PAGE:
“Is it a good time to save? Absolutely,” Carson says.
Savings rates are rising because the Federal Reserve is ratcheting up its interest rate to combat the highest inflation in 40 years. The federal funds rate — which determines what banks charge each other to borrow money — doesn’t correlate exactly with what banks offer savers, but the increases have encouraged many to offer better returns.
How to Maximize Your Down Payment Savings
As you save for a down payment, where to keep it depends on your timeframe for buying a home.
If You’re Buying Soon
Maybe your homebuying timeframe is measured in months, or you’re just waiting on the perfect house to reveal itself. In that case, experts say a high-yield savings account is the best way to go. There’s no risk your balance will drop, and it’s not locked up for a certain period of time.
“If your goal is to buy a home in the near future, our recommendation is to still make sure that money stays liquid, meaning you can access that money very quickly,” Carson says.
The best high-yield savings accounts — often from online-only banks — are offering rates above 3%.
If You’ve Got a Few Years
Perhaps buying a home is something you’ve got your eye on soon, but you’re still building up the savings or fixing your credit or otherwise preparing yourself. If you have a year or so, you can start thinking about opportunities that come with a higher return, but give you less flexibility. Those options include certificates of deposit, or CDs, and bonds. Both CDs and bonds are low risk — you won’t end up with less money than you put in — but will sometimes give you a better return than a savings account.
Rates for CDs are increasing, but make sure there’s enough of a difference between the rate you’d get with a CD and that you’d get with a high-yield savings account to make them worth it. With a CD, your money is locked up for a period of time, limiting your flexibility. “If I know my goal is two years out from buying a home or even three years out from buying a home, that’s a great place to stash some down payment money too,” Carson says.
Bonds could also offer higher returns, particularly Series I bonds, for which the rate is set based on inflation. At a time of high inflation, like now, that means the return is significantly higher. The downside is that you need to keep your money in them for a while to be worth it, and you can only invest $10,000 per year, which may only be part of your down payment.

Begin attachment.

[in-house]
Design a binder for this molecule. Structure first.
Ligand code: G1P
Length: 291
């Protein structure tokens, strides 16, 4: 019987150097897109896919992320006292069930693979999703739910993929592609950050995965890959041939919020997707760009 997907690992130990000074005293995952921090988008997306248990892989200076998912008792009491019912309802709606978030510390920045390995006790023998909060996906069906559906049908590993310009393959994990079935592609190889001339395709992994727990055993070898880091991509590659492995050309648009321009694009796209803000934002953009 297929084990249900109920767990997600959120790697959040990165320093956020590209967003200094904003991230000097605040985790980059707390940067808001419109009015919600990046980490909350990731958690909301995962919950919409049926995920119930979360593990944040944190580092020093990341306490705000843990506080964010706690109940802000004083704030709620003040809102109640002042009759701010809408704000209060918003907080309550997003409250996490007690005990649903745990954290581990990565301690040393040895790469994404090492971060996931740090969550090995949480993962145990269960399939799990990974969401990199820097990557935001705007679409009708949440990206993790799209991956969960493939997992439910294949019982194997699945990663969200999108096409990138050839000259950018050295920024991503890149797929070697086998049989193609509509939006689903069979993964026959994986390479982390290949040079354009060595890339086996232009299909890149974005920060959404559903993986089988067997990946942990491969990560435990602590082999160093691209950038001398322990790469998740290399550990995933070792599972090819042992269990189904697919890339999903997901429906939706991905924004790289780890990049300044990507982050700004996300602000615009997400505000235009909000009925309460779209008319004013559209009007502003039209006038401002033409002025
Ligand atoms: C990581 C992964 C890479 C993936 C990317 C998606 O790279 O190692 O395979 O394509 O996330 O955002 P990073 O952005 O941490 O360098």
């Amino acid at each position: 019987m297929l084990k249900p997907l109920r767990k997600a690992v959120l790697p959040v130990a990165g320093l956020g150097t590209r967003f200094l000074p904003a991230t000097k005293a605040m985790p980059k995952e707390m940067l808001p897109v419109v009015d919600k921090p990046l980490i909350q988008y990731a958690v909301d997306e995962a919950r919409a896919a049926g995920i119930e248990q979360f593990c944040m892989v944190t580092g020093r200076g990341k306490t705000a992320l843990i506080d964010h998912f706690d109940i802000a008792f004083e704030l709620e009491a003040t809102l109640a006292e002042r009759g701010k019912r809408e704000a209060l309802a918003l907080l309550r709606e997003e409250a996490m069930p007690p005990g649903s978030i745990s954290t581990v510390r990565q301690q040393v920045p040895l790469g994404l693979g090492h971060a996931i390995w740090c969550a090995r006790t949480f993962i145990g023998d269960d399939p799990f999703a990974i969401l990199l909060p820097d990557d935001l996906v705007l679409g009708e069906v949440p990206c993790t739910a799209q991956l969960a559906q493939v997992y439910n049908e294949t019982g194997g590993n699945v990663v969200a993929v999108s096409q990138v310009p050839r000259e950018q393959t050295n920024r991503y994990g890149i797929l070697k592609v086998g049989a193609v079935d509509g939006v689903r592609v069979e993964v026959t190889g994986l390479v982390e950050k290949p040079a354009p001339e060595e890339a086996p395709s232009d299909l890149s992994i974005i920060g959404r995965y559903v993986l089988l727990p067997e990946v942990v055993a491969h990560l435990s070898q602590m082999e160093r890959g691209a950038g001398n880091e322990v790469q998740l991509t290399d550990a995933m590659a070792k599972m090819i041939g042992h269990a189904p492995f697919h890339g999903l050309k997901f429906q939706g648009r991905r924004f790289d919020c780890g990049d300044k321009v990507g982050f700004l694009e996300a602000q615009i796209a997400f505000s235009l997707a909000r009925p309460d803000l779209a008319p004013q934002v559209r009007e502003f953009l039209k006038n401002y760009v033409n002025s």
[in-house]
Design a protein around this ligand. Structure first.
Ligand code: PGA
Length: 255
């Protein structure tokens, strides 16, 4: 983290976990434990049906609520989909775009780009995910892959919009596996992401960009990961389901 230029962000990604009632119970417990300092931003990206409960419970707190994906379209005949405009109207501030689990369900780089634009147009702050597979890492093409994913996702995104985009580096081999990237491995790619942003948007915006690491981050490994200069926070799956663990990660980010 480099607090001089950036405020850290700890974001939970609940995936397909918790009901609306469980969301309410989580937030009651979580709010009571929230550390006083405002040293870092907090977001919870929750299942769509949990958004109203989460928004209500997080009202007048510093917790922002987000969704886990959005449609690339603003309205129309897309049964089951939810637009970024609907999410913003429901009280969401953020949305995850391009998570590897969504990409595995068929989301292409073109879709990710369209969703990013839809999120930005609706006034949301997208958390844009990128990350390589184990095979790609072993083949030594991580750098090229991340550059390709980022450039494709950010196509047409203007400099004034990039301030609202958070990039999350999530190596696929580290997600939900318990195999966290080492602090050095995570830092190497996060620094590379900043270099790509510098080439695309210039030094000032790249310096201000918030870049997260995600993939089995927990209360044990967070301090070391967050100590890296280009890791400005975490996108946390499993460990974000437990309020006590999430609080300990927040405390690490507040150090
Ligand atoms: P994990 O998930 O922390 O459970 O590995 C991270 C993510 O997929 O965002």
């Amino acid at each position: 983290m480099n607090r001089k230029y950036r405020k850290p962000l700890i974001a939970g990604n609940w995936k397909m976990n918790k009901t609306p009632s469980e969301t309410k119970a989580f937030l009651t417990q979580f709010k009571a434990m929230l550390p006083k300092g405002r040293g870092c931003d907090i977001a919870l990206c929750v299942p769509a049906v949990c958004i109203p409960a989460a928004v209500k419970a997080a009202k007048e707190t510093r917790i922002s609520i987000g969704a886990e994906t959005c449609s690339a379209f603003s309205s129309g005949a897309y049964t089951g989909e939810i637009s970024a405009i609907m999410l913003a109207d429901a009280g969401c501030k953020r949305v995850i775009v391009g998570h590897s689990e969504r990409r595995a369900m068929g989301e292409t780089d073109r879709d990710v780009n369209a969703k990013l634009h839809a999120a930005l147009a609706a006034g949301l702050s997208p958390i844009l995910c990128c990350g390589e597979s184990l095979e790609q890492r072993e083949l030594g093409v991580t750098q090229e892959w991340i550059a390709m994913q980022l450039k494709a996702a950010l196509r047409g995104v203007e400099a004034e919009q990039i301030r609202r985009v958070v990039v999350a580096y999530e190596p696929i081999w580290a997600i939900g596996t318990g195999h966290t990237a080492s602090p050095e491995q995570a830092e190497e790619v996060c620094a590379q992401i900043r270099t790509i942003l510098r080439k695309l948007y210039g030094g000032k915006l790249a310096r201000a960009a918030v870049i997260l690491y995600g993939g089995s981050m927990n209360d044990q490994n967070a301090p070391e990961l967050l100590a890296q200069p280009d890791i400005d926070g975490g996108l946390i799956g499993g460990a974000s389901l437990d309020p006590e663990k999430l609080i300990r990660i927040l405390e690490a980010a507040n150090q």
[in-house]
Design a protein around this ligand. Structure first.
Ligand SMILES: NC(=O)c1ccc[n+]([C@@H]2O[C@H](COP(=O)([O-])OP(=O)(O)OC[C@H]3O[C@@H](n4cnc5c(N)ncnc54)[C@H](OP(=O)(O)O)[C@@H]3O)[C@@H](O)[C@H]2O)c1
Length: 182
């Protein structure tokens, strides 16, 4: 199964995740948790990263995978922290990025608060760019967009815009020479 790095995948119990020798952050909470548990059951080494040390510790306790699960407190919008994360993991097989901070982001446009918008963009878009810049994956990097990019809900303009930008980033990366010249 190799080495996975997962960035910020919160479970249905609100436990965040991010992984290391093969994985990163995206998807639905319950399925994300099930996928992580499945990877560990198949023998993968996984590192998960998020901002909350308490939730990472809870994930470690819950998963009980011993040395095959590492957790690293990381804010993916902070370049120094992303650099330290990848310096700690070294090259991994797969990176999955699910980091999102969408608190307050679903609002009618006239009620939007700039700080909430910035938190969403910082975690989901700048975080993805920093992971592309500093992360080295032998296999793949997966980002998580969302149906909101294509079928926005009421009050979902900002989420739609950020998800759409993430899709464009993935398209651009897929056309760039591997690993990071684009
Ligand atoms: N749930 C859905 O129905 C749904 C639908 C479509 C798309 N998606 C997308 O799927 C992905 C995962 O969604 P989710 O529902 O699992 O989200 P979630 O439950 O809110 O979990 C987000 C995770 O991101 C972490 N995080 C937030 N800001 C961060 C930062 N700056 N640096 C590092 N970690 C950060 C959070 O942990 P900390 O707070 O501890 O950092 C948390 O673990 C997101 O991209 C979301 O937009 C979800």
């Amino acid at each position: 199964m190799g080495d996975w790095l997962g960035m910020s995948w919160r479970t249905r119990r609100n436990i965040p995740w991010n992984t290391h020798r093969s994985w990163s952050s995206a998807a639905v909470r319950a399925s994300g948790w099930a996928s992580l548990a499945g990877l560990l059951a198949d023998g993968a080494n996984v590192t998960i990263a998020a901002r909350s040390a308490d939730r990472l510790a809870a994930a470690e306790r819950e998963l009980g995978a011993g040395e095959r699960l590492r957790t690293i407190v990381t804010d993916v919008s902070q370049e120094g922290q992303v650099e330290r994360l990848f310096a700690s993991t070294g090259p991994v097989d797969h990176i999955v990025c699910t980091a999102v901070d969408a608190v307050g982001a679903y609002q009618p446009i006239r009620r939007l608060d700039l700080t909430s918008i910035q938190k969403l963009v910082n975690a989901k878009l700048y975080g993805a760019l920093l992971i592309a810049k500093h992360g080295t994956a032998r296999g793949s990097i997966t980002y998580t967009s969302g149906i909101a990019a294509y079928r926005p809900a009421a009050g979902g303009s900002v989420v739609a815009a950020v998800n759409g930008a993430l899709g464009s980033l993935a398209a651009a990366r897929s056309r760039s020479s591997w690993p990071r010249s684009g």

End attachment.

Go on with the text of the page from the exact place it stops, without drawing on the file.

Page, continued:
“If your goal is to buy in the near future, I don’t know that an I bond necessarily makes sense,” Carson says.
If Homeownership Is a Longer-Term Goal
A home is usually one of the largest purchases most of us will ever make, and that means it’s never too early to get started. If you know you’ve got several years before you plan on needing the down payment, all of the options above — high-yield savings, CDs, bonds — still make a lot of sense. But you could also try for higher returns by investing the money in the stock market, if you’re willing to take the risk.
That might make sense for people who are five or 10 years away, but not for buyers with shorter-term goals, Carson says. “We always encourage clients, if your goal is short-term in nature, the stock market is not necessarily the best place for you.”
The stock market is too volatile to put your down payment in if you’ll need it soon. You don’t want to find your dream home when the market is down and suddenly have less of a down payment than you expected.
“If they’re looking at buying a house or using the money within the next three years, it should not be invested in the market. It should be in some sort of cash, cash equivalent or a short-term bond,” Walsh says.
The best place to keep your down payment depends on how soon you’ll buy a home, but high-yield savings accounts offer relatively high returns and great flexibility.